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Thursday, July 18, 2013

On DVD/Blu-ray: ERASED (2013) and WRONG (2013)

ERASED
(Belgium/Canada - 2012; 2013 US release)

Another entry in the post-TAKEN sweepstakes, the by-the-numbers ERASED allows Aaron Eckhart to channel his inner Liam Neeson as Ben Logan, an ex-CIA agent living in Antwerp where he's working as a consultant for a high-tech security firm.  He's recently been joined by his estranged teenage daughter Amy (Liana Liberato) after the death of his ex-wife back in the States, and while they're taking baby steps, they aren't exactly getting along.  Father and daughter set aside their differences quickly when they make an evening stop at Ben's office to find it completely empty, his e-mail account and phone records wiped, and the company headquarters in Brussels having no record of employment for him or his MIA co-workers.  It would seem he's been...wait for it....hold on...you guessed it...ERASED!


What follows is a convoluted conspiracy involving a nefarious corporation hiring a none-too-wise Ben to inadvertently assist in a plot to arm a rebel faction in Mozambique in exchange for access to a lithium mine.  But it allows Eckhart a chance to kick ass and shoot bad guys throughout Belgium, as he's pursued by an ex-lover and CIA black-ops colleague played by Olga Kurylenko, who's introduced dropping two Alka-Seltzers into a glass of water and chugging it so we know she's hard, driven, and on-the-clock 24/7.  And, SPOILER ALERT, the first thing out of Amy's mouth when she realizes her father was once a government-contracted killer is "I don't even know who you are!"  Feeling like the kind of cable-ready international programmer that should've debuted on Reelz, ERASED makes nice use of Antwerp and Brussels scenery and shows that Eckhart can be a formidable action guy, but this material is pretty second-rate, Arash Amel's predictable script is riddled with clich├ęs, and NORTH FACE director Philipp Stolzl, a music video vet who's worked with artists like Madonna, Garbage, and Rammstein, really lets the pace lag at times.  There is one unexpected noteworthy bit where Ben's car tumbles from an on-ramp and down to the highway below after a chase sequence, and you can tell they really let the car roll off because it looks as clumsy and awkward as something like that would look in real life.  Sure, Eckhart is a much better actor than, say, Steven Seagal, but for the most part, there's nothing to differentiate the instantly-forgettable and aptly-titled ERASED from any of the countless other DTV black-ops conspiracy thrillers you've seen hundreds of times before, probably why it only managed to get a US release on just 51 screens.  (R, 105 mins)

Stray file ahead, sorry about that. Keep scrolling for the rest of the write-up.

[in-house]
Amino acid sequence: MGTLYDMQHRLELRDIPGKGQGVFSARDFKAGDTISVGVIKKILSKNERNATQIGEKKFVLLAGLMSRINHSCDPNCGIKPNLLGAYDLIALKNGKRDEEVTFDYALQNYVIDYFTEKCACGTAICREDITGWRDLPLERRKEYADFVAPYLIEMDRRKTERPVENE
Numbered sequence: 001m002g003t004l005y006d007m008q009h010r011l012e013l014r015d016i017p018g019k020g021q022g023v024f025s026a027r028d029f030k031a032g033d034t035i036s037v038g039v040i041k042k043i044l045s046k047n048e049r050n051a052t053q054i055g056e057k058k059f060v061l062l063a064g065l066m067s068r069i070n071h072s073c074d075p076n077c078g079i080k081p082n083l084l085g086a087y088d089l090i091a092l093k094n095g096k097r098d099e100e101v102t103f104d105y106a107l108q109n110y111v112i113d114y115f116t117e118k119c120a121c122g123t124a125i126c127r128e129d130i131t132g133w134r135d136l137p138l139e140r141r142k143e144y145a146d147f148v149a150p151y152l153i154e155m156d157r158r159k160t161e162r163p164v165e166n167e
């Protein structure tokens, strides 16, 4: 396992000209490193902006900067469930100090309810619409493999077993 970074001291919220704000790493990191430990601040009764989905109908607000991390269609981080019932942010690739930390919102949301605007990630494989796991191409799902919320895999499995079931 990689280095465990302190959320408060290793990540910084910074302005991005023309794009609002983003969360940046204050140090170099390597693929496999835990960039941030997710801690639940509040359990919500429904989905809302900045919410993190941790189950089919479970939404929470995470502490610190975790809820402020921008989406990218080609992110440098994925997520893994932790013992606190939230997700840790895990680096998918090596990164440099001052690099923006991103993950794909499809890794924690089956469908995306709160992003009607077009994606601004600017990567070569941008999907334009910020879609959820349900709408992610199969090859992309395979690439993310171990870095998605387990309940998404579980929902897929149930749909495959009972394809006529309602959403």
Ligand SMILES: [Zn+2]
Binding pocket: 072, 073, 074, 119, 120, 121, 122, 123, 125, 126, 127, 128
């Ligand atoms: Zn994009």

WRONG
(France - 2012; 2013 US release)

WRONG is the latest film from French writer/director/musician Quentin Dupieux, who gave us RUBBER, arguably cinema's greatest "killer tire on a rampage" movie.  WRONG is similar in its oddball nature with its Franz Kafka-meets-Michel Gondry-and-Charlie Kaufman sense of absurdist, nightmare whimsy as it follows affable Dolph Springer (Jack Plotnick) on a quest to find his missing dog, Paul.  WRONG opens with a firefighter taking a dump in the middle of the street and quickly gives us Dolph dealing with oddball neighbors; a clock that goes from 7:59 to 7:60;  an organic pizza joint with a clingy cashier (Alexis Dziena) who loves Dolph but gets him confused with his gardener Victor (Eric Judor) and gets pregnant, going from conception to labor in one day; a blank, empty, stamped envelope that arrives in Dolph's mailbox; Dolph going to his job every day in an office where there's a constant torrential downpour, even though he got fired three months earlier; a belligerent cop (Mark Burnham) who's far too eager to speak his mind; and a wealthy mystery man named Master Chang (William Fichtner) who knows the whereabouts of Paul.  There's also a private eye (Steve Little) searching for the dog, using a new technology that involves recording onto cassette the subconscious memories of canine bowel movements, which of course gives us the line "I was able to access the turd's memories."  Like RUBBER, WRONG is a prefab cult movie that's amusing for awhile until it stops being amusing and just becomes tedious and overly impressed with its own eccentricity. (Unrated, 93 mins)

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